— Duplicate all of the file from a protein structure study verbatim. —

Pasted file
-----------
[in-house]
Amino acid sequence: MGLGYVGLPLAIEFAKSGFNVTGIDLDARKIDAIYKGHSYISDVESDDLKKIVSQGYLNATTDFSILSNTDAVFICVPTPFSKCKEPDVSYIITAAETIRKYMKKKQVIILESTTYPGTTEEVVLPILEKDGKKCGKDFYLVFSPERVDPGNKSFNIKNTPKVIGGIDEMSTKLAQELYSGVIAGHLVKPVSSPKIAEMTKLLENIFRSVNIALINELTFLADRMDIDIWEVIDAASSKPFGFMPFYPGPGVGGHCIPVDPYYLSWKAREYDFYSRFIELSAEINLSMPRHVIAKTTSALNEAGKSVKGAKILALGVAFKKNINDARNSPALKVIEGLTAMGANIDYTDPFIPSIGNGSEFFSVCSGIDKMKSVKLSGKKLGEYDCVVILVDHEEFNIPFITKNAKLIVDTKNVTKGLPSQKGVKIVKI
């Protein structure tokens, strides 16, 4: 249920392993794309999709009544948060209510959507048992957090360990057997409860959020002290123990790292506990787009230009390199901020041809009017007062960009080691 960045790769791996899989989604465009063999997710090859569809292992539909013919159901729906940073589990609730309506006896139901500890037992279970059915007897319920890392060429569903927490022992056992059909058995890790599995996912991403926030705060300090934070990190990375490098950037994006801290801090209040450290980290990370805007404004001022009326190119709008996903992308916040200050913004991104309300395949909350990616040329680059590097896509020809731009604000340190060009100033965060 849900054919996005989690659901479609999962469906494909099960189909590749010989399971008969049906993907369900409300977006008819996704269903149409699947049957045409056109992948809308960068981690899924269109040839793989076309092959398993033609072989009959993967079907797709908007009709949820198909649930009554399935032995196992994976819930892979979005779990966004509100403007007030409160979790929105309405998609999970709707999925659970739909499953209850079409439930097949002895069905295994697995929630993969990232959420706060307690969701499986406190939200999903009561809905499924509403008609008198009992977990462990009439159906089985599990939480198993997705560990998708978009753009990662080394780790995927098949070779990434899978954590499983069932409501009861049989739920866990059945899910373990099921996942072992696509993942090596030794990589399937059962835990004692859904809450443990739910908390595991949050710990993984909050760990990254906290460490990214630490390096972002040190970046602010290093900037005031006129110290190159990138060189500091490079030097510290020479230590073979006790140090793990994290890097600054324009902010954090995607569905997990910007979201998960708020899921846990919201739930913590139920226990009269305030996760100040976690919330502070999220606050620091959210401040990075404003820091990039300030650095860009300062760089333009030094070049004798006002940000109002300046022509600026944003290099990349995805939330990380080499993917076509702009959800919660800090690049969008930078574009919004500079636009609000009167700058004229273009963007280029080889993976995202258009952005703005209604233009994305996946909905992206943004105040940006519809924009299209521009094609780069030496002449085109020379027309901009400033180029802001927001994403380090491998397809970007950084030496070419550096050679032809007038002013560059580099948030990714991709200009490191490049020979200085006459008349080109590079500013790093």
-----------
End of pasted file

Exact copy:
[in-house]
Amino acid sequence: MGLGYVGLPLAIEFAKSGFNVTGIDLDARKIDAIYKGHSYISDVESDDLKKIVSQGYLNATTDFSILSNTDAVFICVPTPFSKCKEPDVSYIITAAETIRKYMKKKQVIILESTTYPGTTEEVVLPILEKDGKKCGKDFYLVFSPERVDPGNKSFNIKNTPKVIGGIDEMSTKLAQELYSGVIAGHLVKPVSSPKIAEMTKLLENIFRSVNIALINELTFLADRMDIDIWEVIDAASSKPFGFMPFYPGPGVGGHCIPVDPYYLSWKAREYDFYSRFIELSAEINLSMPRHVIAKTTSALNEAGKSVKGAKILALGVAFKKNINDARNSPALKVIEGLTAMGANIDYTDPFIPSIGNGSEFFSVCSGIDKMKSVKLSGKKLGEYDCVVILVDHEEFNIPFITKNAKLIVDTKNVTKGLPSQKGVKIVKI
């Protein structure tokens, strides 16, 4: 249920392993794309999709009544948060209510959507048992957090360990057997409860959020002290123990790292506990787009230009390199901020041809009017007062960009080691 960045790769791996899989989604465009063999997710090859569809292992539909013919159901729906940073589990609730309506006896139901500890037992279970059915007897319920890392060429569903927490022992056992059909058995890790599995996912991403926030705060300090934070990190990375490098950037994006801290801090209040450290980290990370805007404004001022009326190119709008996903992308916040200050913004991104309300395949909350990616040329680059590097896509020809731009604000340190060009100033965060 849900054919996005989690659901479609999962469906494909099960189909590749010989399971008969049906993907369900409300977006008819996704269903149409699947049957045409056109992948809308960068981690899924269109040839793989076309092959398993033609072989009959993967079907797709908007009709949820198909649930009554399935032995196992994976819930892979979005779990966004509100403007007030409160979790929105309405998609999970709707999925659970739909499953209850079409439930097949002895069905295994697995929630993969990232959420706060307690969701499986406190939200999903009561809905499924509403008609008198009992977990462990009439159906089985599990939480198993997705560990998708978009753009990662080394780790995927098949070779990434899978954590499983069932409501009861049989739920866990059945899910373990099921996942072992696509993942090596030794990589399937059962835990004692859904809450443990739910908390595991949050710990993984909050760990990254906290460490990214630490390096972002040190970046602010290093900037005031006129110290190159990138060189500091490079030097510290020479230590073979006790140090793990994290890097600054324009902010954090995607569905997990910007979201998960708020899921846990919201739930913590139920226990009269305030996760100040976690919330502070999220606050620091959210401040990075404003820091990039300030650095860009300062760089333009030094070049004798006002940000109002300046022509600026944003290099990349995805939330990380080499993917076509702009959800919660800090690049969008930078574009919004500079636009609000009167700058004229273009963007280029080889993976995202258009952005703005209604233009994305996946909905992206943004105040940006519809924009299209521009094609780069030496002449085109020379027309901009400033180029802001927001994403380090491998397809970007950084030496070419550096050679032809007038002013560059580099948030990714991709200009490191490049020979200085006459008349080109590079500013790093």